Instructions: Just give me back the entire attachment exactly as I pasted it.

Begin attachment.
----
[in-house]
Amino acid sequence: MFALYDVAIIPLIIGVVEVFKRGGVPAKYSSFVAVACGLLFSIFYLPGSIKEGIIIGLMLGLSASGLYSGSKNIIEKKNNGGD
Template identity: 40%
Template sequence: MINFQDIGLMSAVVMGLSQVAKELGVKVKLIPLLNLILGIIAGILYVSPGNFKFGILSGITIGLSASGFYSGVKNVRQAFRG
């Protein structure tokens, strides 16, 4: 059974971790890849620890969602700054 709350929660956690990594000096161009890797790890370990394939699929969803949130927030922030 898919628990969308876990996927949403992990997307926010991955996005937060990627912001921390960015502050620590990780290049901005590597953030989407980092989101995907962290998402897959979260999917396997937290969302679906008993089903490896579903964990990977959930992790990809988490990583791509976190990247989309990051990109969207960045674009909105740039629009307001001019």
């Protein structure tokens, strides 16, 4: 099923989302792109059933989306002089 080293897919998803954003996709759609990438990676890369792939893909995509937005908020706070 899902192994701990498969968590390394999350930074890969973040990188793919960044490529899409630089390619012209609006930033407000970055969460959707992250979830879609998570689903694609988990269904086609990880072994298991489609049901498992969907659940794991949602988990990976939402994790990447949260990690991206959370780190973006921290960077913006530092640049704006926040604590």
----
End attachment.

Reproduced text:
[in-house]
Amino acid sequence: MFALYDVAIIPLIIGVVEVFKRGGVPAKYSSFVAVACGLLFSIFYLPGSIKEGIIIGLMLGLSASGLYSGSKNIIEKKNNGGD
Template identity: 40%
Template sequence: MINFQDIGLMSAVVMGLSQVAKELGVKVKLIPLLNLILGIIAGILYVSPGNFKFGILSGITIGLSASGFYSGVKNVRQAFRG
């Protein structure tokens, strides 16, 4: 059974971790890849620890969602700054 709350929660956690990594000096161009890797790890370990394939699929969803949130927030922030 898919628990969308876990996927949403992990997307926010991955996005937060990627912001921390960015502050620590990780290049901005590597953030989407980092989101995907962290998402897959979260999917396997937290969302679906008993089903490896579903964990990977959930992790990809988490990583791509976190990247989309990051990109969207960045674009909105740039629009307001001019």
């Protein structure tokens, strides 16, 4: 099923989302792109059933989306002089 080293897919998803954003996709759609990438990676890369792939893909995509937005908020706070 899902192994701990498969968590390394999350930074890969973040990188793919960044490529899409630089390619012209609006930033407000970055969460959707992250979830879609998570689903694609988990269904086609990880072994298991489609049901498992969907659940794991949602988990990976939402994790990447949260990690991206959370780190973006921290960077913006530092640049704006926040604590």